By Laura Beth Dean
As my three-year-old son, Gabriel, and I stepped outside into the ordinary spring day, I did not envision that an adventure awaited us in our ordinary backyard. Dressed for combat in holey blue jeans and a thrift store shirt, I prepared to wage war on the weeds that marred my mosaic of flowers. Corpulent gray dandelions bulged ominously like thunderheads, threatening torrential storms of seeds. I began the grueling mission of eliminating the dandelions one by one. The hard Virginia clay reluctantly yielded to the shovel's blade and released its grip on the equally stubborn roots.
Gabriel hiked to the heart of our neighbors' yard, a verdant canvas lavishly spattered with dandelions of every possible shade of yellow and white. He picked a perfectly round dandelion on the verge of exploding delightfully like fireworks on the Fourth-of-July. In dismay, I watched as he carefully carried it to me. "I picked the Daniel-lion for you to blow!" Gabriel offered generously. Honored, I managed to kneel and thank him for his thoughtfulness in giving his prized trophy to me. However, the future of the landscape hung in the balance. I grappled with several conflicting strategies and quickly settled on what I considered a clever compromise. By blowing the seeds into a nearby trashcan, I hoped to subtly avoid sabotaging my lovely lawn without harming Gabe's feelings or hampering his bigheartedness. The parachuting time bombs floated precisely into the target. When Gabriel trudged determinedly back to the neighbors' yard, I realized my miscalculation. The maneuver had gone awry.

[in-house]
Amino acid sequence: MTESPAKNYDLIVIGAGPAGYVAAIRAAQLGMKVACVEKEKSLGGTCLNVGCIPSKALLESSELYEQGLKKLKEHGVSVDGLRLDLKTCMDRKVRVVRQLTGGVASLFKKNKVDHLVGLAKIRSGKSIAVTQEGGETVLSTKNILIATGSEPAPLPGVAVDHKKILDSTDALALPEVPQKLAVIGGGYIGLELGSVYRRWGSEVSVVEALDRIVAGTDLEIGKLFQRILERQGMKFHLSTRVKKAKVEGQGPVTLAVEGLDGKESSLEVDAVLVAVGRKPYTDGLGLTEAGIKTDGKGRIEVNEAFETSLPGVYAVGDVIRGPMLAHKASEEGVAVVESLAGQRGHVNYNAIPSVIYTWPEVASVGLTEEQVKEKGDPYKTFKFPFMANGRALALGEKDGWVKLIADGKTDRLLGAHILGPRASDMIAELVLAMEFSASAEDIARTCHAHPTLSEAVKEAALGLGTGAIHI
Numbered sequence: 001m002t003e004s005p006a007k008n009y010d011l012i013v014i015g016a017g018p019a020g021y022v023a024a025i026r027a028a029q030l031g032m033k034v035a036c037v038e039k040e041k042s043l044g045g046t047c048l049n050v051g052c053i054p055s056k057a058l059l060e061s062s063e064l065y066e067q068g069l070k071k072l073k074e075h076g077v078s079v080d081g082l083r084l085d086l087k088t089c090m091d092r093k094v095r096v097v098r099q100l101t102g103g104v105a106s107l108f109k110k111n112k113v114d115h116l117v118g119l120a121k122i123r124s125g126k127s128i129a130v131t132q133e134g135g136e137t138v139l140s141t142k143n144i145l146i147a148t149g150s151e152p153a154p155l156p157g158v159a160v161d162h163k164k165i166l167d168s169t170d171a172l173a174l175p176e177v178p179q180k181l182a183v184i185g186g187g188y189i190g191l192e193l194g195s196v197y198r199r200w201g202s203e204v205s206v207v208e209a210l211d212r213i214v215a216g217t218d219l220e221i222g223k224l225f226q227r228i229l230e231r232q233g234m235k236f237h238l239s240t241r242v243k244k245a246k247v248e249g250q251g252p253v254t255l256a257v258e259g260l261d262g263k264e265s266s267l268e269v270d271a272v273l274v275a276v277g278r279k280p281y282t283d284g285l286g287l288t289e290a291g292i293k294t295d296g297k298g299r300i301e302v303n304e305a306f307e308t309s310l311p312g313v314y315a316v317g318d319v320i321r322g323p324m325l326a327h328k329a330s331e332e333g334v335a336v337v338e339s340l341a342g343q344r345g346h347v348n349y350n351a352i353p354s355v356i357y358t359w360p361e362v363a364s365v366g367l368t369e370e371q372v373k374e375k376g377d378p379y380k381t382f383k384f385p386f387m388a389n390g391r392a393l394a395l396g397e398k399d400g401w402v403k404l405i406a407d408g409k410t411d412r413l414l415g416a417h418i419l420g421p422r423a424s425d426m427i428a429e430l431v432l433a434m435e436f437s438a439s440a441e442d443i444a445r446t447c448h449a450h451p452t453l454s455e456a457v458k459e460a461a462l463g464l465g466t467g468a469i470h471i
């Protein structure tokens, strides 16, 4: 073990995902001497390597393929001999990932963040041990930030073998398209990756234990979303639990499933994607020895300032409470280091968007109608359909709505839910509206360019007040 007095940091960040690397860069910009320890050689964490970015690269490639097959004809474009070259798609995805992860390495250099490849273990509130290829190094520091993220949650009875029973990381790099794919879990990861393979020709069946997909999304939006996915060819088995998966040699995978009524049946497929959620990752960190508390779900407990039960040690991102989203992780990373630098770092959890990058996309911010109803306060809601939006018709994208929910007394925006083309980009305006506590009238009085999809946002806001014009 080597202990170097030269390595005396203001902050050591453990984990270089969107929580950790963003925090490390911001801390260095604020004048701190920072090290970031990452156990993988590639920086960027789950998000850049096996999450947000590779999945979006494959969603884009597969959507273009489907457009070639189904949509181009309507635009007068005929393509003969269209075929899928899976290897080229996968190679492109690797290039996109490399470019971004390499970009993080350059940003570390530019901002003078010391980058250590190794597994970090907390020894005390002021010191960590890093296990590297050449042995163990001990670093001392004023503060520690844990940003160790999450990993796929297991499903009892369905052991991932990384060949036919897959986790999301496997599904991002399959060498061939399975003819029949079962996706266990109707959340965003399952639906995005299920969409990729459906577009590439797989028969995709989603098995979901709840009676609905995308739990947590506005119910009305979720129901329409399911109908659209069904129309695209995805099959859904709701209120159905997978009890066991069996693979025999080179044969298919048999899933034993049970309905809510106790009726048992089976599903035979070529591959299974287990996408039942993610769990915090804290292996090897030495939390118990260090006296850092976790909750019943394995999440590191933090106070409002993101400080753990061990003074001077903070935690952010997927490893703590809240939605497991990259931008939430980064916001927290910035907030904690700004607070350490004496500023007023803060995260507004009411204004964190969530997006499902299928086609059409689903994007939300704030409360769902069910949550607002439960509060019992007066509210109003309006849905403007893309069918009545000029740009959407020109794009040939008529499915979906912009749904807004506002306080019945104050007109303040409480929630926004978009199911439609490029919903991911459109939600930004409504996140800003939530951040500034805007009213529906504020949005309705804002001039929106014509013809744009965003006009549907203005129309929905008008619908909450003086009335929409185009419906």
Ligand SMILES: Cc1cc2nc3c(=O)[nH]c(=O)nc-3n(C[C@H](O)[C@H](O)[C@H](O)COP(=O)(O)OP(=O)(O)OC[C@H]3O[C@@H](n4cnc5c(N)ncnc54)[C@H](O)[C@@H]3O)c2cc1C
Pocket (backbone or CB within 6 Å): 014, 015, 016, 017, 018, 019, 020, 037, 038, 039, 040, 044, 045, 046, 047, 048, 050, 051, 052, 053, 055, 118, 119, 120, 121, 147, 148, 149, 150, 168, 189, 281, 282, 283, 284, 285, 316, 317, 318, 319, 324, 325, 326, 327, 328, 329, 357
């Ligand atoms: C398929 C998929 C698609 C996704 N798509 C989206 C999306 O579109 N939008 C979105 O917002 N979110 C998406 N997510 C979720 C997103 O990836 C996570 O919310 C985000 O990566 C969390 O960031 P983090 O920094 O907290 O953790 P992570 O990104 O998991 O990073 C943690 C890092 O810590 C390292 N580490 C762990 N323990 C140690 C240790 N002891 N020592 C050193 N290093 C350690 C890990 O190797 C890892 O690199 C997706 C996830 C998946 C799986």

Beaming victoriously, my boy returned with both arms outstretched. In each chubby hand he held a fluffy cotton ball of a dandelion. "Mom, it's a party! I picked a Daniel-lion for you, and one for me! Blow it!" For a moment, I battled indecision once again. Should I risk ruin, or stick to safe ground? Chivalrous eyes exuding complete confidence in my maternal love gazed into mine. Courage conquered. With hilarious abandon, we both blew. Waves of wispy, white-winged seeds scattered blissfully in the spring breeze. I imagined hearing in the distance the clear notes of a bugle sounding a dandelion reveille.
My toddler trekked valiantly back to the overgrown property. I watched his return voyage through the billowing ocean of grass. Gabriel's head bobbed cheerfully above the dandelion sea foam. Like an athlete carrying the Olympic torch, he held up yet another silvery sphere in its prime. "Let's both blow it. It's a party!" he declared exuberantly as he reached me. We laughed and partied together in the glorious golden glow of late afternoon sunshine, sowing seeds of joy borne on breath of love. The abundant crop of dandelions in our backyard would be worthwhile, for it would yield a harvest of happy memories.